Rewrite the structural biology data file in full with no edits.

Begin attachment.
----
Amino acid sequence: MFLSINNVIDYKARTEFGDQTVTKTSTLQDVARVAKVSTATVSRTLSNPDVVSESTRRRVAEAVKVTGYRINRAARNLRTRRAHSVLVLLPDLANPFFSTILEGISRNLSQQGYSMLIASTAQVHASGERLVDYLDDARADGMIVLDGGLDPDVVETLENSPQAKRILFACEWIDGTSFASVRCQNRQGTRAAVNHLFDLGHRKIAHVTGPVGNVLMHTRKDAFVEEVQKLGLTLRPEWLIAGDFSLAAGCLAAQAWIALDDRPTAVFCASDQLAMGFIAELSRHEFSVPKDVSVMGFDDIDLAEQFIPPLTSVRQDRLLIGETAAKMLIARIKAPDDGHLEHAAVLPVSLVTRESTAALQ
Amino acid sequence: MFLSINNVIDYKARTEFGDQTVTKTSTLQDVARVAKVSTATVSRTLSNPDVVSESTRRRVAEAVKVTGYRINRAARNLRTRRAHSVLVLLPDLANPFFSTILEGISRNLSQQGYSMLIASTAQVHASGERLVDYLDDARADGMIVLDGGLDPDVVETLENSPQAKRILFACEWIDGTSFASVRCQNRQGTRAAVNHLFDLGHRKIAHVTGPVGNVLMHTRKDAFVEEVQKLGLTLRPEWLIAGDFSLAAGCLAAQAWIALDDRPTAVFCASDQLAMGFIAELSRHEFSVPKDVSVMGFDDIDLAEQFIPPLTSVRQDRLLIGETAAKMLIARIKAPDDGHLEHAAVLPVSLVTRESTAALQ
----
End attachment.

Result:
Amino acid sequence: MFLSINNVIDYKARTEFGDQTVTKTSTLQDVARVAKVSTATVSRTLSNPDVVSESTRRRVAEAVKVTGYRINRAARNLRTRRAHSVLVLLPDLANPFFSTILEGISRNLSQQGYSMLIASTAQVHASGERLVDYLDDARADGMIVLDGGLDPDVVETLENSPQAKRILFACEWIDGTSFASVRCQNRQGTRAAVNHLFDLGHRKIAHVTGPVGNVLMHTRKDAFVEEVQKLGLTLRPEWLIAGDFSLAAGCLAAQAWIALDDRPTAVFCASDQLAMGFIAELSRHEFSVPKDVSVMGFDDIDLAEQFIPPLTSVRQDRLLIGETAAKMLIARIKAPDDGHLEHAAVLPVSLVTRESTAALQ
Amino acid sequence: MFLSINNVIDYKARTEFGDQTVTKTSTLQDVARVAKVSTATVSRTLSNPDVVSESTRRRVAEAVKVTGYRINRAARNLRTRRAHSVLVLLPDLANPFFSTILEGISRNLSQQGYSMLIASTAQVHASGERLVDYLDDARADGMIVLDGGLDPDVVETLENSPQAKRILFACEWIDGTSFASVRCQNRQGTRAAVNHLFDLGHRKIAHVTGPVGNVLMHTRKDAFVEEVQKLGLTLRPEWLIAGDFSLAAGCLAAQAWIALDDRPTAVFCASDQLAMGFIAELSRHEFSVPKDVSVMGFDDIDLAEQFIPPLTSVRQDRLLIGETAAKMLIARIKAPDDGHLEHAAVLPVSLVTRESTAALQ